And so the ugly ducklings survived the winter hiding among the turkeys and growing bigger and more knowledgeable about the world. With spring the ice melted on the bog and the two ugly ducklings flew out of the turkey farm and returned to the bog. Spring is a happy time when insects and little fishes and crayfish and frogs come back out into the world, and the tender sprouts come up, and there is plenty to eat. And with the spring the wild mallards returned to the pool.

But things were not as they had been last fall for Big Duckling. This year when Big Duckling approached the flock, they did not try to bite but instead fled from her presence, watching her with fear. When they found she was not attacking, they formed a retinue around her. Big Duckling looked down at her image in the water and cried out, “Oh! I am big and beautiful! I am not a duckling at all. I am a white swan!”

A white swan! thought Little Duckling. My nest mate changed so slowly in front of me that I never saw it. This is a wonderful lesson for us!

Little Duckling was filled with joy at Big Duckling’s good fortune. “You have learned who you are!” he cried. But when he waded towards her, the mallards snapped at him with their bills. Little Duckling retreated, hiding among the cattails along the bank, but Swan never noticed.

That night, for the first night since he had hatched, Little Duckling slept alone. In truth, Little Duckling slept very little that night. The next morning, when Swan and the mallards left the shore, Little Duckling waded over and called out to Swan. What came out was not his usual ugly duckling call but a loud booming cry he had never made before. In desperation he called again, repeating the deep pumping booms. All the mallards stopped, looking at him. “He’s a bittern!” shouted all the mallards.

“A bittern?” asked Little Duckling.

“A squat, drab, dumpy loud-mouthed little wading bird. A bittern!”

“A Thunder Pumper!” laughed one mallard.

“A Stake Driver!” mocked another.

“A Water Belcher!” shouted a third.

“I’m your nest mate,” cried Little Duckling to Swan. Speechless, Swan turned away and swam into the deepest part of the pool. The ducks followed her, but Bittern was afraid to swim into deep and open water.

After another night alone, Bittern walked over to Swan before she and her retinue had entered the water.

“Remember me? We hatched together. We lived with the turkeys together.”

The mallards looked at Swan with surprise.

“I don’t live with turkeys,” she hissed. “I am a swan. And swans don’t nest with bitterns.” Then she grabbed a bill full of Bittern’s feathers and the mallards joined in the attack. Only Bittern’s long legs saved him from being plucked bare.

Bruised and alone, Bittern hid in the weeds and built a nest in the cattails where he could watch Swan and her mallards swim by. “This is harder than being driven out of Duck Pond Farm,” Bittern reflected. “Cindy always hated me, but I thought Swan loved me. It is a bitter lesson on trusting love.” During the dark nights, a coldness entered Bittern’s soul, a coldness he could only partly expel with his pumping calls in the morning.

Desperately alone, Bittern walked away from the pond one morning on his stick-like legs. Deep in the woods above the bog he met a black bear. Bear had pushed down a bee tree and gorged himself on honey.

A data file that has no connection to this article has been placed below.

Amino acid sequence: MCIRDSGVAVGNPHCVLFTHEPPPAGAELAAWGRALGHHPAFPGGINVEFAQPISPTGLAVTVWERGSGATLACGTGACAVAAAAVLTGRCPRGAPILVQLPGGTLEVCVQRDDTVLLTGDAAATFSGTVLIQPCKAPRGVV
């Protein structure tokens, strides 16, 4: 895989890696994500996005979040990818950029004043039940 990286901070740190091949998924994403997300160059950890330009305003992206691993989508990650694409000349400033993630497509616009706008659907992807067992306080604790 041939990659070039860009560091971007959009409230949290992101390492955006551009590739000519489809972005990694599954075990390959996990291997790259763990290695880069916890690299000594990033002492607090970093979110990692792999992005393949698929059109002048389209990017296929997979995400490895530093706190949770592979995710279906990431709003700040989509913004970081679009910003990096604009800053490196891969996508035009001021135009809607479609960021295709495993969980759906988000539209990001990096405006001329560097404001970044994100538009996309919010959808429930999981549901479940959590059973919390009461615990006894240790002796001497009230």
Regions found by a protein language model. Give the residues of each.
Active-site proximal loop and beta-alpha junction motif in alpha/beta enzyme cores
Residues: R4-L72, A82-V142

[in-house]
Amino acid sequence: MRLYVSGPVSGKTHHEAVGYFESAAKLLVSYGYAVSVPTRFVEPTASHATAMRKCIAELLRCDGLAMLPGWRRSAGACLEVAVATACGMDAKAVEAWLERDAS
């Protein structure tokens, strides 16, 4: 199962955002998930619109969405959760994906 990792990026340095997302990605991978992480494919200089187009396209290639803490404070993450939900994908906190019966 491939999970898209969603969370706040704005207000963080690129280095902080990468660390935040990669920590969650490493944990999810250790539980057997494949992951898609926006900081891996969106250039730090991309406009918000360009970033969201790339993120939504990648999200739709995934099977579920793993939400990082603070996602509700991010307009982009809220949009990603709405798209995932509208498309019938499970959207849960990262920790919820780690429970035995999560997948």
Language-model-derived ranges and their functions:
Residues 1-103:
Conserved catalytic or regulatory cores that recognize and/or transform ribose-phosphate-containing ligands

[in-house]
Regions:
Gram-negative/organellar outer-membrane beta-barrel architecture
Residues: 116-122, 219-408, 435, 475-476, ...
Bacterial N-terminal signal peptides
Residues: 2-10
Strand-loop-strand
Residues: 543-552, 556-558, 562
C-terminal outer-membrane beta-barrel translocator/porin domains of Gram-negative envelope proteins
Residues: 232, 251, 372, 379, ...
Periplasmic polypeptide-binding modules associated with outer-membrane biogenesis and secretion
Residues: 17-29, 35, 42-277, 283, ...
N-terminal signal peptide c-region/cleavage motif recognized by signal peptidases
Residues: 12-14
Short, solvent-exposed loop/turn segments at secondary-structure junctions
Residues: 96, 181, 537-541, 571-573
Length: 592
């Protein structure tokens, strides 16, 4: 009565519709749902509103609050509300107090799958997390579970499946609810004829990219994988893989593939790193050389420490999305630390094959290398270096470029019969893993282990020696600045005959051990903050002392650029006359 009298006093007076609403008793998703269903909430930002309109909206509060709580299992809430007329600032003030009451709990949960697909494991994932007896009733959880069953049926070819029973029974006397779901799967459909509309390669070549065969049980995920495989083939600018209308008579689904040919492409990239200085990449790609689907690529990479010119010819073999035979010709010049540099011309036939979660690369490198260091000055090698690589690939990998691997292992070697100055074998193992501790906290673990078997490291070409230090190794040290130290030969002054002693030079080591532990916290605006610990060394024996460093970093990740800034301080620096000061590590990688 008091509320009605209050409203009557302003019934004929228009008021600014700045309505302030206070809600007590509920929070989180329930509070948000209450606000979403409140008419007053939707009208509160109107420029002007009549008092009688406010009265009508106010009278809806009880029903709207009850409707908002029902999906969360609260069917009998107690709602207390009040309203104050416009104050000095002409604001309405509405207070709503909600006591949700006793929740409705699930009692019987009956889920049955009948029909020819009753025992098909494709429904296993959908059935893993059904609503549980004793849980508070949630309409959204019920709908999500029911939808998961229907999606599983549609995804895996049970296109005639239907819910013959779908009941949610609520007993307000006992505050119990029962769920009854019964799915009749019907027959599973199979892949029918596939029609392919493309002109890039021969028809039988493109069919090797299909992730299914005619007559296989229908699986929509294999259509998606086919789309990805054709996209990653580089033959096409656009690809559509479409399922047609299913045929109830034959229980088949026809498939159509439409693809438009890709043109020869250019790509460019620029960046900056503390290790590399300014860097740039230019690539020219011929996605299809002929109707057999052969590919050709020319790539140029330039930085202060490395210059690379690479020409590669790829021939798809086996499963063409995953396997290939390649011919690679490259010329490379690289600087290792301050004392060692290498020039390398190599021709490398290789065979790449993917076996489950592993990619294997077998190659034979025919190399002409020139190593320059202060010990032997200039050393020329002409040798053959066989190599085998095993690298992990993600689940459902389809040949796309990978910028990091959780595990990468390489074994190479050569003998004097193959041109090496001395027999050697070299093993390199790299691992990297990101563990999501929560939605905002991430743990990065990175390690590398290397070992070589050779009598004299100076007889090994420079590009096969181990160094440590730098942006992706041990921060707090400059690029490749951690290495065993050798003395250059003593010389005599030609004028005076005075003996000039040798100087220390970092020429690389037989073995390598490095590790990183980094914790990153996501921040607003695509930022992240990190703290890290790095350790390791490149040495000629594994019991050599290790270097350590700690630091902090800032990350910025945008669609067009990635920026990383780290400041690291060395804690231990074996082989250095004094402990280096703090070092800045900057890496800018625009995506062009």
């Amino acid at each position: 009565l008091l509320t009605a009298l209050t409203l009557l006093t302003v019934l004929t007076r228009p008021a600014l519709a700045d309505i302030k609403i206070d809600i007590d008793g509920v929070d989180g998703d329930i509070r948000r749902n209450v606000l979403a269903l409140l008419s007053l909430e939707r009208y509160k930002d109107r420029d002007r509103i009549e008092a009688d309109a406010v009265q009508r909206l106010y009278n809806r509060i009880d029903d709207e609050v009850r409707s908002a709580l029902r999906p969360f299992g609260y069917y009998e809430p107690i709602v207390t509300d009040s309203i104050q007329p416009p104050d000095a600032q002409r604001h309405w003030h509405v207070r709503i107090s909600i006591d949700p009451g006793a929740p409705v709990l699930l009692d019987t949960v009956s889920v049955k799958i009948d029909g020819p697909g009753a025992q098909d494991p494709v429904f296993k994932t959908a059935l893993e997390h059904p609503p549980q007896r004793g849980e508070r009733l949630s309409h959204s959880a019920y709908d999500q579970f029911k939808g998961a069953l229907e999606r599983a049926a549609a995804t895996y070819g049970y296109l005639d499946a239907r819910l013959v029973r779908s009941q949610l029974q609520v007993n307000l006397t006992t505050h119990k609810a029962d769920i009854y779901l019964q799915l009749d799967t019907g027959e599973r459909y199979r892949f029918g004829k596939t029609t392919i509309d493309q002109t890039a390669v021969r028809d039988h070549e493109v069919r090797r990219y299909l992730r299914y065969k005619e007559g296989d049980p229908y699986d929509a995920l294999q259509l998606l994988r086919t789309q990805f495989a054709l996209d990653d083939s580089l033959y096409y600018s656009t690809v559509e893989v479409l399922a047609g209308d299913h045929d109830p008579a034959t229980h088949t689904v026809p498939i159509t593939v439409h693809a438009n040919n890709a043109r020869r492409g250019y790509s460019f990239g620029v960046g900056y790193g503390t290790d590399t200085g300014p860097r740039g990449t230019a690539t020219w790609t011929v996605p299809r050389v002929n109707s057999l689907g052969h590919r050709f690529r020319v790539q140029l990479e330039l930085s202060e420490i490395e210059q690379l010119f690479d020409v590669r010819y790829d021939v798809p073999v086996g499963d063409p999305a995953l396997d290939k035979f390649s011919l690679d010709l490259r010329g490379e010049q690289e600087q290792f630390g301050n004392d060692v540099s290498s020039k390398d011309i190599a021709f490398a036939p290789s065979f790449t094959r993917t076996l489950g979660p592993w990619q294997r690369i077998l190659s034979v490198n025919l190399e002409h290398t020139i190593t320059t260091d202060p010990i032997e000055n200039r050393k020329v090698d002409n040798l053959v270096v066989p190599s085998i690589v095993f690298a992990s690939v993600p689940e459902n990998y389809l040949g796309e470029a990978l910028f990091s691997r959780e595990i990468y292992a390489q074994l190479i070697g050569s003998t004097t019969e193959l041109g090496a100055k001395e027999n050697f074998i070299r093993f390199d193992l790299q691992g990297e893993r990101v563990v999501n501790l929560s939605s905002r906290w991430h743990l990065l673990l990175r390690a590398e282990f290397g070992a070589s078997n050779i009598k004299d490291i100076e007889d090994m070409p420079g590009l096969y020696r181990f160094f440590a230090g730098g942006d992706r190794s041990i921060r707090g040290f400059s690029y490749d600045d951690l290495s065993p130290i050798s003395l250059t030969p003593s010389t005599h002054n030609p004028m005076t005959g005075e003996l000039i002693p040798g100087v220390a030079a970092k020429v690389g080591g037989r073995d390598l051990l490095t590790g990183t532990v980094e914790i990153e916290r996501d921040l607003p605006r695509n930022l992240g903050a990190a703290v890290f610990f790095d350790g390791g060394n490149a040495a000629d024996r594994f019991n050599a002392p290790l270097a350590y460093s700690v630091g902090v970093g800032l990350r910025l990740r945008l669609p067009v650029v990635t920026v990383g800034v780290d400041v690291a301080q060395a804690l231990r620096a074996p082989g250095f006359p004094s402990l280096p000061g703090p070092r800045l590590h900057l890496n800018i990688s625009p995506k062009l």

“Come have some honey,” Bear offered. “There is still plenty left.”

“Thank you, friend,” said Bittern, approaching warily. “Are you sure you are quite full?”

“Can’t eat another bite,” said Bear.

Bittern delighted in the feast of honey and bees. “Good night, feast mate,” Bittern said as they parted company.

The next day Bittern again met Bear in the woods. Bear had just grubbed up a rotten stump and filled himself with sowbugs and worms.

“Come, Bittern,” said Bear. “Come join me in these excellent grubs.”

“Are you sure you have had enough?”

“Quite full,” said Bear.

They both relaxed, full and lazy from their feast.

“Look, Bittern, my feast mate, why don’t you come join me for dinner tomorrow? I can bring hundreds of fish home to my den.”

“How can you catch so many fish?”

“Easy,” said Bear, “dead grass over a collapsing fence has formed a natural weir across Bacon Brook. The water level in the brook is falling from the lack of rain. So the fish are trapped behind the weir.”

“Of course I will come,” said Bittern, but looking about at the sky he became quiet and thoughtful. As he left, Bittern asked, “May I bring a friend?”

“Sure!” said Bear.

At the pool, Bittern met the beautiful Swan coming to shore for the night. He told her of the wonderful feasts Bear had shared. “Come with me tomorrow and share in our feast of fish.”

“Fresh fish! I will come,” said Swan, “but don’t come get me. I’ll slip away and join you in the woods. If this feast is as good as you say, Bittern, you may wade along behind me, at a distance, and join the mallards in enjoying my beauty.”

That night it rained.

When Bittern and Swan arrived at Bear’s den, Bear was in an ugly mood. The rain had raised the water level in the creek and freed most of the fish from the weir. He was hungry but had only found six minnows for their dinner. Looking up Bear saw the beautiful Swan standing next to the drab Bittern. “Delicious!” Bear cried, and he grabbed Swan and devoured her, feathers and all. Fully fed his mood softened.

“Ummmph,” said Bear, blowing out some feathers. “Now I am full. Come Bittern, why don’t you eat these minnows?”

“Are you sure you can’t eat more?”

“No more today. Ummmph.”

“Thank you, Bear,” said Bittern. And as Bittern finished the minnows, he reflected, “This dinner is small but it has been the most satisfying I have ever had. I have learned now the comfort of revenge.”